Of the four students who supported the decision, two contended that Fr. Jenkins did his best with the hand he was dealt. “I have a lot of respect for him as an individual. I really respect that he decided to keep us open during COVID,” one Baumer resident commented. The two others merely said he was a better choice than President Joe Biden.
Still, some asked: Why this year? And why Fr. Jenkins? “He didn’t do anything totally transformative,” said an RA in Pasquerilla West. Some have speculated that the decision may be an attempt by the university to enshrine Jenkins’ legacy along Notre Dame icons like Fr. Theodore Hesburgh.
Father Wilson Miscamble, C.S.C., author of Go Forth and Do Good: Memorable Notre Dame Commencement Addresses—a collection of 24 notable commencement speeches—recalled in an interview with the Rover that even Hesburgh was not chosen as speaker for his outgoing 1987 class, but rather offered a “charge” to the class before introducing Derek Bok, the chosen speaker.
“Perhaps the chair of the Board of Trustees wanted to elevate Fr. Jenkins’s remarks in some way, but this is a perplexing decision and denies the senior class the opportunity to hear from a distinguished speaker from beyond the university,” Fr. Miscamble remarked.
“Looking on the brighter side, however, this decision means that our commencement speaker will not be some pro-choice figure at odds with the university’s deepest commitments. We can be grateful for that,” he chimed.
A Farley resident cited examples of leadership counter to the university’s mission, “From all of the awful COVID policies and the drag show, I don’t think he has really been an inspiring figure.” A Keenan senior worried the choice might be an “an attempt to endorse the direction that Fr. Jenkins has taken the university, which has all-too often prioritized academic prestige over her Catholic identity.” He continued, “My class’ graduation is being used to cement Jenkins’ legacy.”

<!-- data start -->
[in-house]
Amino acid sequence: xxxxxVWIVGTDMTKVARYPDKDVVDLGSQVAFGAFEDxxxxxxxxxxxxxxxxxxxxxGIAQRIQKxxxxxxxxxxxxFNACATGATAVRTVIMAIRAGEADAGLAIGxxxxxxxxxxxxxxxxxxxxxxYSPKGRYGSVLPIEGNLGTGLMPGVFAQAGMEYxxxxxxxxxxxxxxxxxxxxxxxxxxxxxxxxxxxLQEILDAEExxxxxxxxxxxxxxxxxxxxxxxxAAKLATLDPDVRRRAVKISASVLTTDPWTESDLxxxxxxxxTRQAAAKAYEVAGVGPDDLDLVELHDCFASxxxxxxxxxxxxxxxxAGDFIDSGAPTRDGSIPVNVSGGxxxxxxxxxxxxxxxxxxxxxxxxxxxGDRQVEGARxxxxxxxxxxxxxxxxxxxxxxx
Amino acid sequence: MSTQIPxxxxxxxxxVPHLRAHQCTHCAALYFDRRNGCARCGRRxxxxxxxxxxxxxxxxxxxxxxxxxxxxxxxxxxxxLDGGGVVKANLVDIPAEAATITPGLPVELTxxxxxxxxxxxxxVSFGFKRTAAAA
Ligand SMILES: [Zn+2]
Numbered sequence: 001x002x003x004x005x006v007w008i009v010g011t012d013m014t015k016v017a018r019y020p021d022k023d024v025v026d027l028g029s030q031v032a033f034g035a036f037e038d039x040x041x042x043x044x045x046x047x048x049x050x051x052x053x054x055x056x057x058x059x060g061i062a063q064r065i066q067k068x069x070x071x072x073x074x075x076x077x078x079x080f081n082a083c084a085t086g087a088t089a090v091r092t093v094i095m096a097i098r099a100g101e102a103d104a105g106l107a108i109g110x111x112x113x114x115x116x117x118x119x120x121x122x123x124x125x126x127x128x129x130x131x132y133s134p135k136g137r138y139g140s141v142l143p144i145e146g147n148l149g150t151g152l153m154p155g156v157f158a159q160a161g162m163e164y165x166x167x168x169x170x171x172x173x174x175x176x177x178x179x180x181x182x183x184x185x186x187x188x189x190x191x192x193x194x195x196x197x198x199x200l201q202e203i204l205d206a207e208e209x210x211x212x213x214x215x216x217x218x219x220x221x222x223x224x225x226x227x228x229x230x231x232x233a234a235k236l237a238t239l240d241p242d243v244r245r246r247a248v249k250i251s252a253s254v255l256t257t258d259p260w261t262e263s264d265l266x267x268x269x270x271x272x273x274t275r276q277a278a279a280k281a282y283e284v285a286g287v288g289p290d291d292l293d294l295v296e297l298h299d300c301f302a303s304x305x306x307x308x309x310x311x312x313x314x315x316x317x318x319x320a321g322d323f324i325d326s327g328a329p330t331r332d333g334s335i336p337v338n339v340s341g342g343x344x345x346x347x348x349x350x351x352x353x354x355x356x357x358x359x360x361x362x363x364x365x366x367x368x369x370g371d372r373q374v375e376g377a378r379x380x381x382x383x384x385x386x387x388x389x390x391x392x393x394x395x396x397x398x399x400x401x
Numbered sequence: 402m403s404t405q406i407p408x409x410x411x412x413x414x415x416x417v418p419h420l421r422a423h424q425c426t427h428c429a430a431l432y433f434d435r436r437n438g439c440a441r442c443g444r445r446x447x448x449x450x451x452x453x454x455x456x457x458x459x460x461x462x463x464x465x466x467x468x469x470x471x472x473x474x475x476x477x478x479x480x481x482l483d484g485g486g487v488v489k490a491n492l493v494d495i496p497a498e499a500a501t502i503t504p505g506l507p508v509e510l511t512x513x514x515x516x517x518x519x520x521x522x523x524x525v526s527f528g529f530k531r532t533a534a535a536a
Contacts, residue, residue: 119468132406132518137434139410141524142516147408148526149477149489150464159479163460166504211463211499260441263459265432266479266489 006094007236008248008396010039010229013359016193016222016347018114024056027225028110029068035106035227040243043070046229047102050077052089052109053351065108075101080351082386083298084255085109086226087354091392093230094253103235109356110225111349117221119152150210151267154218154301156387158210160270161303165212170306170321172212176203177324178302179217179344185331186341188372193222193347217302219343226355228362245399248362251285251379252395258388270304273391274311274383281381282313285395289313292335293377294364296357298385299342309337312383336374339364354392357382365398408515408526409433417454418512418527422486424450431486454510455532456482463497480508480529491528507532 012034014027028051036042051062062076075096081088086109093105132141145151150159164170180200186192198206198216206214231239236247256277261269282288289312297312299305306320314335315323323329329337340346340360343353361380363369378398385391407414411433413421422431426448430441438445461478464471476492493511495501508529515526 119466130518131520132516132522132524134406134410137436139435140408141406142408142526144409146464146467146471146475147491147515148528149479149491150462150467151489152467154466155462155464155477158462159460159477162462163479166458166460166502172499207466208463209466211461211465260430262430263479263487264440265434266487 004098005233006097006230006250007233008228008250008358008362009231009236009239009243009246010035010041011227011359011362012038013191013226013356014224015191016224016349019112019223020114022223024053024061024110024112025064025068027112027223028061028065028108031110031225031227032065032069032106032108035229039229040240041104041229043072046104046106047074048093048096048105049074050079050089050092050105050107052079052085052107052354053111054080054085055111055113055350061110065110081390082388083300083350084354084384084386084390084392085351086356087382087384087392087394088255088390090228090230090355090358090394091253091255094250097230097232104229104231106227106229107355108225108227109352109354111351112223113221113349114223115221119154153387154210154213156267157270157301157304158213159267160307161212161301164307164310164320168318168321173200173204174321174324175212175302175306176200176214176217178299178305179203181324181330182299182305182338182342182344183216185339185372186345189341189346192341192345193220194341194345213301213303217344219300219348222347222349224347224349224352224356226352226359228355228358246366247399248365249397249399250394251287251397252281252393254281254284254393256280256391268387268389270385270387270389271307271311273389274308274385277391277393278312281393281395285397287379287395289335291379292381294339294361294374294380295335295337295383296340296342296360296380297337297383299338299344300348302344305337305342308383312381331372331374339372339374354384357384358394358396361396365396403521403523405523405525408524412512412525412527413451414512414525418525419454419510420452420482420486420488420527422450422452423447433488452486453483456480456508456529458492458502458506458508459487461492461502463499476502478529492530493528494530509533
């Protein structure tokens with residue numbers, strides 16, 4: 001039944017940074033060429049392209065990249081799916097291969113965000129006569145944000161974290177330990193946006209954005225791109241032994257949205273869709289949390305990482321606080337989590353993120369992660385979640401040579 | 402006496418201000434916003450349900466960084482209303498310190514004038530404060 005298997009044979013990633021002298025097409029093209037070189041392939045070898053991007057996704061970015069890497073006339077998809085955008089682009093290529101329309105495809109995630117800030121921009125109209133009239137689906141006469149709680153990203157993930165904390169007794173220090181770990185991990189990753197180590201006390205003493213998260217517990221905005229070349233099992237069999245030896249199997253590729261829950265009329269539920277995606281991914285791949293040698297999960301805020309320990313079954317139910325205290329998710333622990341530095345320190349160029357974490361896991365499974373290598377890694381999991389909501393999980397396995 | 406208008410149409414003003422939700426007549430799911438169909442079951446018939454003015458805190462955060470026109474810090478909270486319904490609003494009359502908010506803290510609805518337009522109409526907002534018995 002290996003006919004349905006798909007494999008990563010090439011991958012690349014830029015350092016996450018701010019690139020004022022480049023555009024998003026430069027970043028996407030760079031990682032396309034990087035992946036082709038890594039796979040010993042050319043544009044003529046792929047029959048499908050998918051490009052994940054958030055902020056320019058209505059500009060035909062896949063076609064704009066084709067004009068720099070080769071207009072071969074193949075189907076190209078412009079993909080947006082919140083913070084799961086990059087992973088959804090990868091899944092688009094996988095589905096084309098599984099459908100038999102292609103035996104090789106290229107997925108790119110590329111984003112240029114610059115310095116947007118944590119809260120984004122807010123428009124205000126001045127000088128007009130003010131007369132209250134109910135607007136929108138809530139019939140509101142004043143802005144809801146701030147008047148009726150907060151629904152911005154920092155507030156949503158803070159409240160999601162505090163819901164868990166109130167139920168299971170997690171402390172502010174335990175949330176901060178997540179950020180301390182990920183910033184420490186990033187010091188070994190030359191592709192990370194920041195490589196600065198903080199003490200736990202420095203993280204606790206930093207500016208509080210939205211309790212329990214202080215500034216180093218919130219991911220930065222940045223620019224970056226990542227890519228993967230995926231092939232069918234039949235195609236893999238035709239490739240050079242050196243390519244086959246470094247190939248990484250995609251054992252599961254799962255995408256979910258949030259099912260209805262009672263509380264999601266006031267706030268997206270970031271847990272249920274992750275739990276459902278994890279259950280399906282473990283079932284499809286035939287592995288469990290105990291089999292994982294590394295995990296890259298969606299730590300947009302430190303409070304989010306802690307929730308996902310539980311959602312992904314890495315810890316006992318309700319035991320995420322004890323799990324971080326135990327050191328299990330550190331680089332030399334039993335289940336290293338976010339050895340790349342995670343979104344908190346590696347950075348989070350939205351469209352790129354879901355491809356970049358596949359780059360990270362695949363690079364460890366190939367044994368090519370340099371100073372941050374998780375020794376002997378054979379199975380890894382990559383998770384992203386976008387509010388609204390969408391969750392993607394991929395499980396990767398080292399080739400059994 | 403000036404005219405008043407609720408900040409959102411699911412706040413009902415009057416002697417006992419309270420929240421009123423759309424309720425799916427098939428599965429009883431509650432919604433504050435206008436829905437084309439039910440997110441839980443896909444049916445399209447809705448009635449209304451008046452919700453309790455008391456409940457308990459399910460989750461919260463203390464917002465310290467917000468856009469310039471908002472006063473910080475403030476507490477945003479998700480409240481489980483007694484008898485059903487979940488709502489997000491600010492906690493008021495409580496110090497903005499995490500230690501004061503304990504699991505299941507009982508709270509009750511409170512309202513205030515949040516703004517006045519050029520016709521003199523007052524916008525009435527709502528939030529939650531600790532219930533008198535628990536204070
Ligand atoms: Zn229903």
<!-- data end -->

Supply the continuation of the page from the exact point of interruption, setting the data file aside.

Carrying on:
Others wondered if the growing polarization between political parties made it impossible to choose someone with whom the entire student population would be content. “It seems more representative of politics within the administration than a choice for us,” a Cavanaugh senior stated. More than one-in-five of those interviewed asked why Taylor Swift couldn’t have been invited as a neutral party.
Despite strong opposition from the senior class, a few students wished to call on Fr. Jenkins to use this platform to make up for past mistakes and reinvigorate an appreciation for the Catholic identity of Notre Dame. A Baumer senior thanked Jenkins for his courage in opening the university in the fall of 2020, “I hope the courage he showed then is revealed in his address,” he said, “this is an opportunity for Jenkins to solidify the Catholic identity and direction of the university, and call us to that same courageous Catholic leadership.”
Fr. Jenkins will rank among six United States presidents, one vice president, five archbishops, six governors, 10 senators, 14 Cabinet members, two directors of the Peace Corps, six heads of state, and many other exceptional individuals who have previously delivered the address.
Merlot Fogarty is a senior studying theology, political science, and constitutional studies. A strong non-compliant throughout the COVID regime (and many other controversial happenings), she is simply grateful to Fr. Jenkins for not kicking her out of Notre Dame. Contact her at email@example.com.
Photo Credit: University of Notre Dame
Subscribe to the Irish Rover here.
Donate to the Irish Rover here.